Even the pro-European FAZ noted that in some respects her criticism of the EU was justified.
As long-standing readers will know, our own discourse of the EU also changed over the years, especially after we realised that the high watermark for economic and fiscal integration had passed and given way to vacuous symbolism. There is a fair argument to be made that political power needs to be concentrated - either at the European or the national level. Pro-European and anti-European positions are not always that far apart.
Wagenknecht's main political adversary is the Green Party, which is popular in large cities, especially in those with large student populations. Olaf Scholz' traffic light coalition is largely a Metropolitan government. The population is now revolting against the two main planks that define this coalition: the Green agenda and an open immigration policy. We wrote about farmers' protests. Farmers, unlike industrialists, do not have effective political representation in Germany. Right now, they take to the streets. There is nothing particularly rural about Wagenknecht. We would put her in the town/suburban category of political geography. But her openly anti-Green and anti-EU stance would be very attractive to several sections of German society, farmers included.
19 January 2024
Viktor Orbán is running rings around the EU, as the saying goes. The EU had massively underestimated not only him, but also the political impact of the rule-of-proceedings against Hungary. Yesterday he doubled down on his refusal to agree to the EU's Ukrainian aid package: €33bn in loans and €17bn in grants over a period of four years. He said he will not consider the issue before the European elections in June. In other words, this is now very unlikely to happen, given the parliamentary majorities in Brussels are likely to shift. Writing on X, formerly Twitter, he said member states should do this on a multilateral basis each year and outside the EU budget.
We previously reported on a plan to bring Orbán's party into the fold of the European Conservatives and Reformists, the right-wing political group that includes Giorgia Meloni's Fratelli d'Italia and the Polish Law and Justice Party. The idea was to allow Orbán a face-saving way to agree to the Ukrainian aid package. This is now not going to happen. We should also note that Orbán disagrees with the mainstream view within the ECR on Russia and Ukraine. Unlike Orbán, Meloni also performed a U-turn on China, by dropping out of the Belt and Road project.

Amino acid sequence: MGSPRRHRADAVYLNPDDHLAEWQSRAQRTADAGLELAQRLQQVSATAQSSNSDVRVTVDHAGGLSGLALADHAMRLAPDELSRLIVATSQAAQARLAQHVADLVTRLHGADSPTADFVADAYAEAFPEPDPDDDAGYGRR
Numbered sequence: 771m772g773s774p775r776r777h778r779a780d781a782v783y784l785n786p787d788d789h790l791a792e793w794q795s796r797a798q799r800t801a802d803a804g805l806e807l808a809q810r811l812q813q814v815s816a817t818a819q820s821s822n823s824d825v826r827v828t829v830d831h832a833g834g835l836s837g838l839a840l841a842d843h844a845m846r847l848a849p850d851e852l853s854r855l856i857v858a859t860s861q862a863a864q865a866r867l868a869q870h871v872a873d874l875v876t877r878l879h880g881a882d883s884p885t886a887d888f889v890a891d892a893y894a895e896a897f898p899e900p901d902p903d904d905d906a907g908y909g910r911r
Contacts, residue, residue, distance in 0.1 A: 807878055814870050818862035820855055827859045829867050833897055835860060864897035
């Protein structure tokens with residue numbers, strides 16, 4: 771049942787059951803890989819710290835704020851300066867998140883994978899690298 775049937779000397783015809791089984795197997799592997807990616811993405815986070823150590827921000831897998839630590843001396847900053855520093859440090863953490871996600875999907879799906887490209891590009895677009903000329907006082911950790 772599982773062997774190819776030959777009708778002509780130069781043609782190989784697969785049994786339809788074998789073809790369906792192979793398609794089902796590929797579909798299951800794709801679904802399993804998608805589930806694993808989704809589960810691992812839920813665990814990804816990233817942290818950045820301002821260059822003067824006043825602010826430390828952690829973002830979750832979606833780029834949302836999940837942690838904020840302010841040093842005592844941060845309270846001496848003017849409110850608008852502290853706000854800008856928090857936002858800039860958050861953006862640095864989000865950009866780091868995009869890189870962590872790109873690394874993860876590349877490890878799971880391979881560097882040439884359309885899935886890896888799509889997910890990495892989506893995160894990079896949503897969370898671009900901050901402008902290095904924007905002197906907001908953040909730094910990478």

Orbán, by contrast, is selling his country as a Trojan Horse for Chinese companies to evade EU sanctions. BYD, the world's largest car maker, is building a plant in Hungary to service the European market for electric cars. Not only will this allow BYD to escape the threatened EU electric car tariffs: Orbán even managed to re-route some of the money from the Repower EU programme on supporting BYD. The irony is that Repower EU was intended to make Europe less dependent on others. In the process, Europe has made itself very dependent on Orbán. If a European leader, with a solid political majority at home, has a veto on foreign policy and the EU budget, there is simply no way you can successfully pursue a policy of sanctions against that politician.
18 January 2024
The misrule of law
The pursuit of your political opponents through the legal system is what Vladimir Putin does. It is not worthy of western democracies.
Worse, it is backfiring everywhere. Democrat district attorneys are going after Donald Trump, whose popularity is positively correlated to his legal troubles. It is far too early to make any predictions about the US presidential elections, but right now he is the man to beat for the race to the White House.
In Germany, there is a debate now about banning the AfD, after a couple of AfD minions attended a conspiratorial meeting of Neo-Nazis preparing for the mass deportation of people who don't look German to them.